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Rinus Beintema: The Robin Hood of Dutch Cannabis Facing Trial For Helping The Sick

Eoin Weldon
Rinus Beintema in front of a psychedelic background

Rinus Beintema is on trial for making cannabis oil for the sick and he hopes they will punish him harshly.

It’s been a long and interesting road for cannabis advocate, Rinus Beintema. At the moment he is in pre-trial as the infamous ‘Robin Hood of Dutch Cannabis.’ But, less than a decade ago, Rinus completely doubted the medicinal qualities of cannabis. He was no stranger to the bud in his youth, but cannabis was just a recreational experience. Now Rinus has a long list of accolades (and trouble with the law) in his role as passionate medical cannabis advocate.

Rinus is about to face trial and he wants it to be loud. He is not afraid of what comes next and, frankly, relishes a harsh punishment that will outrage the masses and amplify the voice of legalization.

How Rinus Beintema Came to Believe in the Medicinal Power of Cannabis

Rinus is a former underground grower for Holland’s peculiar and divisive “back door” legal cannabis system. The turning point in Beintema’s medical cannabis education came through a friend of the family. An elderly acquaintance of his father requested some cannabis oil to treat arthritis. Rinus quickly whipped the oil up in his attic. Within a week, the man’s painful symptoms had eased and he was able to half his pharmaceutical medication.

The swiftness of the recovery “really opened my eyes,” Rinus Beintema told Leafly, in a 2016 interview. After seeing the impact the plant had on one patient, he wasted no time in starting a Facebook group promoting his help. From there, things really blew up. “Before I knew it, I was providing two hundred people with cannabis oil. And this was all still from my attic.”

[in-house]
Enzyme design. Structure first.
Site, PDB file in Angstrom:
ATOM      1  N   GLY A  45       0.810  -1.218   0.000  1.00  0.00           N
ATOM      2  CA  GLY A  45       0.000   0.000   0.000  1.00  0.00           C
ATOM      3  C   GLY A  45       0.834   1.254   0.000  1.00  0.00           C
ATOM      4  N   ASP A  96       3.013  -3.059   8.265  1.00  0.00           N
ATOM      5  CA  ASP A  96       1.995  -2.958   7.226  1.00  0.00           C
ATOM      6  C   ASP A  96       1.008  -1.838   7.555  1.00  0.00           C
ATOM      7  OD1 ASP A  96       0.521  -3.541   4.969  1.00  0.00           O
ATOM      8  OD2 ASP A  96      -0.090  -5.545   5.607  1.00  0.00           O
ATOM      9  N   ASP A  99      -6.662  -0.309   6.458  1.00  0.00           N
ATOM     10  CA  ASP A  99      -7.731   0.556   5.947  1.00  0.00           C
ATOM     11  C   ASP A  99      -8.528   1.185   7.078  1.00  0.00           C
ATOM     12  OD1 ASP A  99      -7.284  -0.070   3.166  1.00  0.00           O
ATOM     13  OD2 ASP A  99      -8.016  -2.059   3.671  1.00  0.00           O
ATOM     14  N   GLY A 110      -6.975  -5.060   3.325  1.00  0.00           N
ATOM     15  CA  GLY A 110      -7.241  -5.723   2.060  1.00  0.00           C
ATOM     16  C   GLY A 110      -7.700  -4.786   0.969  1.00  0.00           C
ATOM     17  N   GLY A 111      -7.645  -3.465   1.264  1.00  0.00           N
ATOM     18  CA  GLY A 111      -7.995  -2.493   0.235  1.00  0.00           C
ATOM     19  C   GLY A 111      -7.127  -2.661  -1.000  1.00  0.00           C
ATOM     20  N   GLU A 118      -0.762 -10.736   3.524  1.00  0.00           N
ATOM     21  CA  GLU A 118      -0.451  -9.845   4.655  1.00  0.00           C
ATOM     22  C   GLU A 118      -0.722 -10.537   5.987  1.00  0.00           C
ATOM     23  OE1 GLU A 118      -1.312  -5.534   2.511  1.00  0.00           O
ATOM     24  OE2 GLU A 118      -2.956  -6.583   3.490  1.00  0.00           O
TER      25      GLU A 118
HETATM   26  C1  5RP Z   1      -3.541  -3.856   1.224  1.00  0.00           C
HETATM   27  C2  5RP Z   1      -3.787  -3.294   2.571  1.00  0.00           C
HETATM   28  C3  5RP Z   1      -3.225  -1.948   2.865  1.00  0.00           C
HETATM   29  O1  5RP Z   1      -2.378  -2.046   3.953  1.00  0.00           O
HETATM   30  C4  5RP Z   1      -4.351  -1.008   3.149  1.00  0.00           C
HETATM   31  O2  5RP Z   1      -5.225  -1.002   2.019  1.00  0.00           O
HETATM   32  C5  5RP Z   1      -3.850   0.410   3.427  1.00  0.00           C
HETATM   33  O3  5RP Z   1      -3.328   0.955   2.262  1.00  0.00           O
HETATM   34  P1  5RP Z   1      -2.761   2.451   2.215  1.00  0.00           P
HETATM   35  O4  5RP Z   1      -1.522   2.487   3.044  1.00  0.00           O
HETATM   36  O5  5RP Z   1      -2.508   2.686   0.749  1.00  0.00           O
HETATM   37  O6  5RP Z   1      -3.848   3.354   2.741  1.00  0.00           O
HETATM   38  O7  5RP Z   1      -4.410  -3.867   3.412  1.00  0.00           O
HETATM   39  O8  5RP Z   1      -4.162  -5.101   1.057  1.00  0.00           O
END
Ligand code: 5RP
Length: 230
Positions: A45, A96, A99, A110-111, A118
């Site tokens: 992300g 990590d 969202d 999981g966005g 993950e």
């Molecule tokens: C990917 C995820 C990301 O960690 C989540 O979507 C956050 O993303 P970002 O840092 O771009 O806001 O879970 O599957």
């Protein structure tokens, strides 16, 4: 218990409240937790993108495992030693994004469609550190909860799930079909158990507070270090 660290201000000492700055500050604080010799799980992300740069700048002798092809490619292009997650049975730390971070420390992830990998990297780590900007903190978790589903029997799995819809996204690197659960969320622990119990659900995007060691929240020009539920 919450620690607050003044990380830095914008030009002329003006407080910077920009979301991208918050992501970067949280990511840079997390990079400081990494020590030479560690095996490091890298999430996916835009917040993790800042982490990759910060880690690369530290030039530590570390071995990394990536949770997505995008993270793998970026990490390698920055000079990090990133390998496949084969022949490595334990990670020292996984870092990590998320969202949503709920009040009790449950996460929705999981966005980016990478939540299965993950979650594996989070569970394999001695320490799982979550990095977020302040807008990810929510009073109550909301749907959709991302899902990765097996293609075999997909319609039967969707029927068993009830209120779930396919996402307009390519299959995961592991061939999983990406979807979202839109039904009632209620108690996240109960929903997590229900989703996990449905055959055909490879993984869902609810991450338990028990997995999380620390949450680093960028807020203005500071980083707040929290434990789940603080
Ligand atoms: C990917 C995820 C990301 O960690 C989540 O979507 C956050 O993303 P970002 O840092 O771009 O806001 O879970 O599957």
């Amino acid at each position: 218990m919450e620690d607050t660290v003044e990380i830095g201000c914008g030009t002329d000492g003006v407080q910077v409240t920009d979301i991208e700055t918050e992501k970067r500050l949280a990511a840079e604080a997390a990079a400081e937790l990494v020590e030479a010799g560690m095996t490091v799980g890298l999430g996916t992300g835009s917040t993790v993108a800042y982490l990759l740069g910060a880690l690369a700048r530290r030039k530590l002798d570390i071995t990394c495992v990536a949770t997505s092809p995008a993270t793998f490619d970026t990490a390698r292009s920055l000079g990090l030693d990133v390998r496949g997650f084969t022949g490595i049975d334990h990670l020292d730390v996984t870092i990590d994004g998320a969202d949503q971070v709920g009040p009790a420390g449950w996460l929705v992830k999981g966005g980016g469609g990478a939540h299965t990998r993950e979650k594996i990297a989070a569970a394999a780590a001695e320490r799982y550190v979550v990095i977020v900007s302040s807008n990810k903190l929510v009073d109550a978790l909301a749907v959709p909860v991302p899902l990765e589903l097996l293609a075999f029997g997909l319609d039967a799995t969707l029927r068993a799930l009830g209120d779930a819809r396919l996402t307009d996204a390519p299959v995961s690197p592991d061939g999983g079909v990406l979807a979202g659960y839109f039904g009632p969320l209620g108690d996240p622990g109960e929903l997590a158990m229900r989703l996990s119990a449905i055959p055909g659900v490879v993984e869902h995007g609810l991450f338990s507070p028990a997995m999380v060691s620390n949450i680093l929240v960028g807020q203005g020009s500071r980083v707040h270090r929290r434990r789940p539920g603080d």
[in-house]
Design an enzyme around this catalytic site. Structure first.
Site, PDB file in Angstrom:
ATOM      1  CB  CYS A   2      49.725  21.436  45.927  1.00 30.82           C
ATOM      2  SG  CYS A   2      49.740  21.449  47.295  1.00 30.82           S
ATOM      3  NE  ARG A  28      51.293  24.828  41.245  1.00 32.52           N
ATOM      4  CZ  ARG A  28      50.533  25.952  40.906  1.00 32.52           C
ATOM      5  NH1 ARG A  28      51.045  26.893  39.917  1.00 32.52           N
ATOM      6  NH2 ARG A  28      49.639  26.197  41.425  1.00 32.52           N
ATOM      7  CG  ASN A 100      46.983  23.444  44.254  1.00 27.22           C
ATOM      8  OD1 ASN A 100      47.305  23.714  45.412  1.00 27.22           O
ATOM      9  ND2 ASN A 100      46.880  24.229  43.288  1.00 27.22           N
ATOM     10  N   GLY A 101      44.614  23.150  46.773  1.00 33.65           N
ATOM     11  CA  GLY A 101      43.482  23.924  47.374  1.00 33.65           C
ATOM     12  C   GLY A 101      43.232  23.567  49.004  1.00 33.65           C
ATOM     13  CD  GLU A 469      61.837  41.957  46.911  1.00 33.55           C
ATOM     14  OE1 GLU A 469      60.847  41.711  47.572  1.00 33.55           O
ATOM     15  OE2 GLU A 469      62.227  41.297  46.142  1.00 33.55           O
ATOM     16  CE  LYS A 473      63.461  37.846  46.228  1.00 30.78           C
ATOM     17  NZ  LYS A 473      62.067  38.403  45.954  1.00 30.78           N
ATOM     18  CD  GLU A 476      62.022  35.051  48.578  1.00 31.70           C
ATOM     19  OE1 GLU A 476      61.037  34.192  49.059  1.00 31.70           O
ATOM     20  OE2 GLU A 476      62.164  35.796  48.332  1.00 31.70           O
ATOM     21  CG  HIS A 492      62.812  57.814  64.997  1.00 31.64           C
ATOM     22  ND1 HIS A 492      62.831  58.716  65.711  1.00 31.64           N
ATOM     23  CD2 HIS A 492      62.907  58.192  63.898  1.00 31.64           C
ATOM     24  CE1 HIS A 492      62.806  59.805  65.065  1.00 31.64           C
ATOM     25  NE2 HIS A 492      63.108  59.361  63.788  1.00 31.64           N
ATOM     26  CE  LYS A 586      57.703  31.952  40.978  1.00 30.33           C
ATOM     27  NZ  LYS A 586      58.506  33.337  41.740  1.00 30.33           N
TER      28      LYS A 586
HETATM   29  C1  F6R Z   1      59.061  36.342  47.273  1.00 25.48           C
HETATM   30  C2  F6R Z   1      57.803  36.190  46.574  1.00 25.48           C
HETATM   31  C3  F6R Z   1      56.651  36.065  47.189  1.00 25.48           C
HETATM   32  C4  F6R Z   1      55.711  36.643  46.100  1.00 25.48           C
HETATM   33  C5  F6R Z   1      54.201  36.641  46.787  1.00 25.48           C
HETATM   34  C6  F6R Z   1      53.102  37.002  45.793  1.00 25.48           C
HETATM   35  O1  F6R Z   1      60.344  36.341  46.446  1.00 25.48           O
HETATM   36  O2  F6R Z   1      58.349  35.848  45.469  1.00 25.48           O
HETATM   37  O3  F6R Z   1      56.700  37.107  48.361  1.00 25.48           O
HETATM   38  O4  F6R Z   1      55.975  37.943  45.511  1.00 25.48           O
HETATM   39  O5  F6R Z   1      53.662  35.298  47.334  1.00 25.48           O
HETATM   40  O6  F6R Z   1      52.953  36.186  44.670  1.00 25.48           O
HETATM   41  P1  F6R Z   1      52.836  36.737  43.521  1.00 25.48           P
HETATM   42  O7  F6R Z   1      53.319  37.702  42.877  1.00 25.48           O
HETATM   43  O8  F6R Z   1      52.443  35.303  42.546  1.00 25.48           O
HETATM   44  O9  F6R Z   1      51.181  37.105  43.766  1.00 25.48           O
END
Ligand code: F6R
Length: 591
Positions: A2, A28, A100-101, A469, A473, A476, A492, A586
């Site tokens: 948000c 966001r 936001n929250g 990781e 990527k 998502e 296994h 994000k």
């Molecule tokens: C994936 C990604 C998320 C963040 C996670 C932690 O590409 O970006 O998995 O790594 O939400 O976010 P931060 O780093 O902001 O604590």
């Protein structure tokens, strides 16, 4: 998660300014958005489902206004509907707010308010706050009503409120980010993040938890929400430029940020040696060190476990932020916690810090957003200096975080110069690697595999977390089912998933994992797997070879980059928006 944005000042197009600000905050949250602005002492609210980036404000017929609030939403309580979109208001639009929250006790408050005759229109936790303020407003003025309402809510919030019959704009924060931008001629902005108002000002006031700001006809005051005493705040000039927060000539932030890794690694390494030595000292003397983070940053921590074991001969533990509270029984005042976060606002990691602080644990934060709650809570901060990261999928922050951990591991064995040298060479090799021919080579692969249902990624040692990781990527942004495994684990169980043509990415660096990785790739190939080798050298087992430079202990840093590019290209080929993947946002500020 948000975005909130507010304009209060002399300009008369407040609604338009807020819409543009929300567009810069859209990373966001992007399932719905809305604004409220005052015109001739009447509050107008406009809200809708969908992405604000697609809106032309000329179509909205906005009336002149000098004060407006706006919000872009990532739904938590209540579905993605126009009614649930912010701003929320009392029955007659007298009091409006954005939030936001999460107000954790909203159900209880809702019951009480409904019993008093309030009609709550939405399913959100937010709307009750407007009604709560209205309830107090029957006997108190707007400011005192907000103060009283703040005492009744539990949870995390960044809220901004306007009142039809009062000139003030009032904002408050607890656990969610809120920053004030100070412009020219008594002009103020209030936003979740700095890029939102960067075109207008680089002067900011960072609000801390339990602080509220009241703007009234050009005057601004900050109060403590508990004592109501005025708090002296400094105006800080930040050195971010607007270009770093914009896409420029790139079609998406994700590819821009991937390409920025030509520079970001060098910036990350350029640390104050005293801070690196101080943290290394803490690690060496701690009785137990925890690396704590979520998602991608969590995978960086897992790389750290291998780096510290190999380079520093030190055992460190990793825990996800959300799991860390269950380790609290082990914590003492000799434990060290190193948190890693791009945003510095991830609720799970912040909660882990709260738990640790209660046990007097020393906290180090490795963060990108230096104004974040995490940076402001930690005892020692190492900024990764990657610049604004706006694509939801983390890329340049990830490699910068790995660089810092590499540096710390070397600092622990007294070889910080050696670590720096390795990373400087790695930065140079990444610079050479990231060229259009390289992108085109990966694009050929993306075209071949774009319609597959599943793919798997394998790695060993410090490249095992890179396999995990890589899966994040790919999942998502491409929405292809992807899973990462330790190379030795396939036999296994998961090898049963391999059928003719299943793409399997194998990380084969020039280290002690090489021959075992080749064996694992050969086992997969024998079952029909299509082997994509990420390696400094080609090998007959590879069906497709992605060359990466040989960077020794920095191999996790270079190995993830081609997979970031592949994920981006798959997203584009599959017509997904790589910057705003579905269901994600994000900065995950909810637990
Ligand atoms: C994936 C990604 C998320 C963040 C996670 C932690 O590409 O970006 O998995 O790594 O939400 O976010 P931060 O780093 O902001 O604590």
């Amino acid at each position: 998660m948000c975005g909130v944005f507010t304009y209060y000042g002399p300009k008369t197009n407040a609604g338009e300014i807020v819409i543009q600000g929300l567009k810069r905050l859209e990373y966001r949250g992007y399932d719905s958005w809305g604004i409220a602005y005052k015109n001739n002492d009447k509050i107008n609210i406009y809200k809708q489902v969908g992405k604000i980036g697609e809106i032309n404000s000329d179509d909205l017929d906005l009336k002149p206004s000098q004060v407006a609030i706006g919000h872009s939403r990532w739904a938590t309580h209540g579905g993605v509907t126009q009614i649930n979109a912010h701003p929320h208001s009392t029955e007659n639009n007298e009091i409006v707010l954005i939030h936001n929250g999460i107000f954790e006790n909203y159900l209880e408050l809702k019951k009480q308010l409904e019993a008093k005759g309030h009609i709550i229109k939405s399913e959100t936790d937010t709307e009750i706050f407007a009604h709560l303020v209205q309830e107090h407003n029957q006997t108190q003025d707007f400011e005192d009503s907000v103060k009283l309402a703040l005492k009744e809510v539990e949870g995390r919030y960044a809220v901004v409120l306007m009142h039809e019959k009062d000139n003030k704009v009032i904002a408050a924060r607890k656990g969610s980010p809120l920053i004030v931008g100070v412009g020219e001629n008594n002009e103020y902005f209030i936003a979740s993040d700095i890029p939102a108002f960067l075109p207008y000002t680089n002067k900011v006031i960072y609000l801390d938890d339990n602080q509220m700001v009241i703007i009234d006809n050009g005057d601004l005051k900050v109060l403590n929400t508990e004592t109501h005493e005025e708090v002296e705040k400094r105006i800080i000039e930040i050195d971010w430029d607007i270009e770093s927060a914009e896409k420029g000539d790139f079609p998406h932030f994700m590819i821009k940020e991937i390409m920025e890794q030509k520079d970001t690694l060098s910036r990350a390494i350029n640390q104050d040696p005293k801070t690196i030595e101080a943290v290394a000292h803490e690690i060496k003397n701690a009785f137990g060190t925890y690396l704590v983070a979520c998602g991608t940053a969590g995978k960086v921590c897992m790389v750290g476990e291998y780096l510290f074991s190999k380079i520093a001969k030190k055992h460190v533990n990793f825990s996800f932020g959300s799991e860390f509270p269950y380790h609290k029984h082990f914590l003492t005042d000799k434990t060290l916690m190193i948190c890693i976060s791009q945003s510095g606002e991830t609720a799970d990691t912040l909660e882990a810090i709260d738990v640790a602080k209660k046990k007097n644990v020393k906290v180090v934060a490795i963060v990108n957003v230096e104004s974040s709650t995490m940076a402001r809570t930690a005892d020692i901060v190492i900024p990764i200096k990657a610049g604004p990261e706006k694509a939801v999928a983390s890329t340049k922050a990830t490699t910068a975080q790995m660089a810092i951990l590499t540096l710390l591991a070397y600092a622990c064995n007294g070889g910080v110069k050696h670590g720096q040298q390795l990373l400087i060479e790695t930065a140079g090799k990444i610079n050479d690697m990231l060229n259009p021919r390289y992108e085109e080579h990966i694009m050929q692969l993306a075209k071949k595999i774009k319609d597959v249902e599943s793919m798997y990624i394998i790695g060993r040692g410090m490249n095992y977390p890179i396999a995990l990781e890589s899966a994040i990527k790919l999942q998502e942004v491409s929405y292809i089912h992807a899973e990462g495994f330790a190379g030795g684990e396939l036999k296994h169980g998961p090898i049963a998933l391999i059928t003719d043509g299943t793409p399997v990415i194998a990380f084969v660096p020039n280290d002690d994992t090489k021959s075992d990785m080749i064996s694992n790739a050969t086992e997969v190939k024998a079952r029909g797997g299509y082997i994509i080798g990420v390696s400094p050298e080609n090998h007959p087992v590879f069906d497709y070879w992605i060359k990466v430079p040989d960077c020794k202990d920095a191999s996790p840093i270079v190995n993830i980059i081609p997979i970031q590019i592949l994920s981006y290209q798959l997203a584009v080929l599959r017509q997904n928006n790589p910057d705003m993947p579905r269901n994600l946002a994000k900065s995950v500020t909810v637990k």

rinus in court

Rinus in Court

Expanding Operations to Combat Over-Priced CBD Isolate

Transferring the quickly expanding operation from his attic to a more suitable venue was the next logical step. Rinus founded a cannabis social club in the Netherlands, in the northern province of Friesland. Suver Nuver — meaning “purely strange” —  became a refuge for as many patients as Rinus could afford to serve.

Initially, the whole operation was to remain hidden due to the rigid legal framework around cannabis in the Netherlands. Holding a similar stance to the federal system in the U.S., Dutch law also classifies cannabis oil as an addictive drug with no medical value, alongside heroin and cocaine. While the non-intoxicating and ultra popular extract-based CBD oil is widely available in the Netherlands, full spectrum oil is still classified as such.